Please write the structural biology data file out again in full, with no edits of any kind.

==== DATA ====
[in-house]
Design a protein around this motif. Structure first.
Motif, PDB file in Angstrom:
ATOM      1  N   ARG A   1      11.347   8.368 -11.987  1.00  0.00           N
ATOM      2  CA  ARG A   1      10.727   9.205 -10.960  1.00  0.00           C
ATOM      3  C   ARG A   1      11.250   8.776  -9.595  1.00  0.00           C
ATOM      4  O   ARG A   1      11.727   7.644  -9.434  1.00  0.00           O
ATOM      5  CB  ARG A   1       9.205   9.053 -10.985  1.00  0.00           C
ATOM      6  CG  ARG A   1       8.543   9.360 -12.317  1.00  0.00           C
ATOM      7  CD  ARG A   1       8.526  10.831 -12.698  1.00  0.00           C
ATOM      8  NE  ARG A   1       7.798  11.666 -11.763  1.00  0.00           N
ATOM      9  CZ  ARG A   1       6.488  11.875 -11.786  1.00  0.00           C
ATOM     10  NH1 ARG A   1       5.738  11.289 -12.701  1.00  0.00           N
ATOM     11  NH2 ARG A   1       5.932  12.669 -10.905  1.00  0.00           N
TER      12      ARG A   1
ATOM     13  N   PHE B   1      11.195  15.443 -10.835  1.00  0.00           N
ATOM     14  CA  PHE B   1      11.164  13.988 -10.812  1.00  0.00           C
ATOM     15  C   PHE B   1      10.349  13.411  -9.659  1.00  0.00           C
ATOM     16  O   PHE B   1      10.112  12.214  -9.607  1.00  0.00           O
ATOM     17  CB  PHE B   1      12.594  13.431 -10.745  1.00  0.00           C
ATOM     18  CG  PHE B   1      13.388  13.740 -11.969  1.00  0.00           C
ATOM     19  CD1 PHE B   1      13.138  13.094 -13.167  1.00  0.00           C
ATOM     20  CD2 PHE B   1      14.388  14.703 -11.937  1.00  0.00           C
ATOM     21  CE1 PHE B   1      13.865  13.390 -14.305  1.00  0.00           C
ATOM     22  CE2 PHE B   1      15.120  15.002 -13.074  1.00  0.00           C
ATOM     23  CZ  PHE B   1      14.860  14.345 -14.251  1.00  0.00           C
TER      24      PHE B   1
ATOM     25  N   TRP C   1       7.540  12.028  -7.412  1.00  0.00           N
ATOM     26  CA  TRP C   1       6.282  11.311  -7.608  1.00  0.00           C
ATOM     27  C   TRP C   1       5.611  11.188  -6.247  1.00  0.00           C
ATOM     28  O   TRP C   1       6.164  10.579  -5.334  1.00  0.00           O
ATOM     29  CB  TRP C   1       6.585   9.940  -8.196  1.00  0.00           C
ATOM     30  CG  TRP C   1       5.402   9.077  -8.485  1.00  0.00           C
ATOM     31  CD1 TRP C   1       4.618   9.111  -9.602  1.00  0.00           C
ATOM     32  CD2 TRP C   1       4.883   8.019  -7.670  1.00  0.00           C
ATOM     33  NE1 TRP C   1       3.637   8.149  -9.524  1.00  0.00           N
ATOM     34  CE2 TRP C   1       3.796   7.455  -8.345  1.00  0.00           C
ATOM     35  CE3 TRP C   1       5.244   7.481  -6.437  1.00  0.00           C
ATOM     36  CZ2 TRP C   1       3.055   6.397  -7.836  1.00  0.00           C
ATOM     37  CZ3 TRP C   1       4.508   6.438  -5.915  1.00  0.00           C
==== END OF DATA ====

[in-house]
Design a protein around this motif. Structure first.
Motif, PDB file in Angstrom:
ATOM      1  N   ARG A   1      11.347   8.368 -11.987  1.00  0.00           N
ATOM      2  CA  ARG A   1      10.727   9.205 -10.960  1.00  0.00           C
ATOM      3  C   ARG A   1      11.250   8.776  -9.595  1.00  0.00           C
ATOM      4  O   ARG A   1      11.727   7.644  -9.434  1.00  0.00           O
ATOM      5  CB  ARG A   1       9.205   9.053 -10.985  1.00  0.00           C
ATOM      6  CG  ARG A   1       8.543   9.360 -12.317  1.00  0.00           C
ATOM      7  CD  ARG A   1       8.526  10.831 -12.698  1.00  0.00           C
ATOM      8  NE  ARG A   1       7.798  11.666 -11.763  1.00  0.00           N
ATOM      9  CZ  ARG A   1       6.488  11.875 -11.786  1.00  0.00           C
ATOM     10  NH1 ARG A   1       5.738  11.289 -12.701  1.00  0.00           N
ATOM     11  NH2 ARG A   1       5.932  12.669 -10.905  1.00  0.00           N
TER      12      ARG A   1
ATOM     13  N   PHE B   1      11.195  15.443 -10.835  1.00  0.00           N
ATOM     14  CA  PHE B   1      11.164  13.988 -10.812  1.00  0.00           C
ATOM     15  C   PHE B   1      10.349  13.411  -9.659  1.00  0.00           C
ATOM     16  O   PHE B   1      10.112  12.214  -9.607  1.00  0.00           O
ATOM     17  CB  PHE B   1      12.594  13.431 -10.745  1.00  0.00           C
ATOM     18  CG  PHE B   1      13.388  13.740 -11.969  1.00  0.00           C
ATOM     19  CD1 PHE B   1      13.138  13.094 -13.167  1.00  0.00           C
ATOM     20  CD2 PHE B   1      14.388  14.703 -11.937  1.00  0.00           C
ATOM     21  CE1 PHE B   1      13.865  13.390 -14.305  1.00  0.00           C
ATOM     22  CE2 PHE B   1      15.120  15.002 -13.074  1.00  0.00           C
ATOM     23  CZ  PHE B   1      14.860  14.345 -14.251  1.00  0.00           C
TER      24      PHE B   1
ATOM     25  N   TRP C   1       7.540  12.028  -7.412  1.00  0.00           N
ATOM     26  CA  TRP C   1       6.282  11.311  -7.608  1.00  0.00           C
ATOM     27  C   TRP C   1       5.611  11.188  -6.247  1.00  0.00           C
ATOM     28  O   TRP C   1       6.164  10.579  -5.334  1.00  0.00           O
ATOM     29  CB  TRP C   1       6.585   9.940  -8.196  1.00  0.00           C
ATOM     30  CG  TRP C   1       5.402   9.077  -8.485  1.00  0.00           C
ATOM     31  CD1 TRP C   1       4.618   9.111  -9.602  1.00  0.00           C
ATOM     32  CD2 TRP C   1       4.883   8.019  -7.670  1.00  0.00           C
ATOM     33  NE1 TRP C   1       3.637   8.149  -9.524  1.00  0.00           N
ATOM     34  CE2 TRP C   1       3.796   7.455  -8.345  1.00  0.00           C
ATOM     35  CE3 TRP C   1       5.244   7.481  -6.437  1.00  0.00           C
ATOM     36  CZ2 TRP C   1       3.055   6.397  -7.836  1.00  0.00           C
ATOM     37  CZ3 TRP C   1       4.508   6.438  -5.915  1.00  0.00           C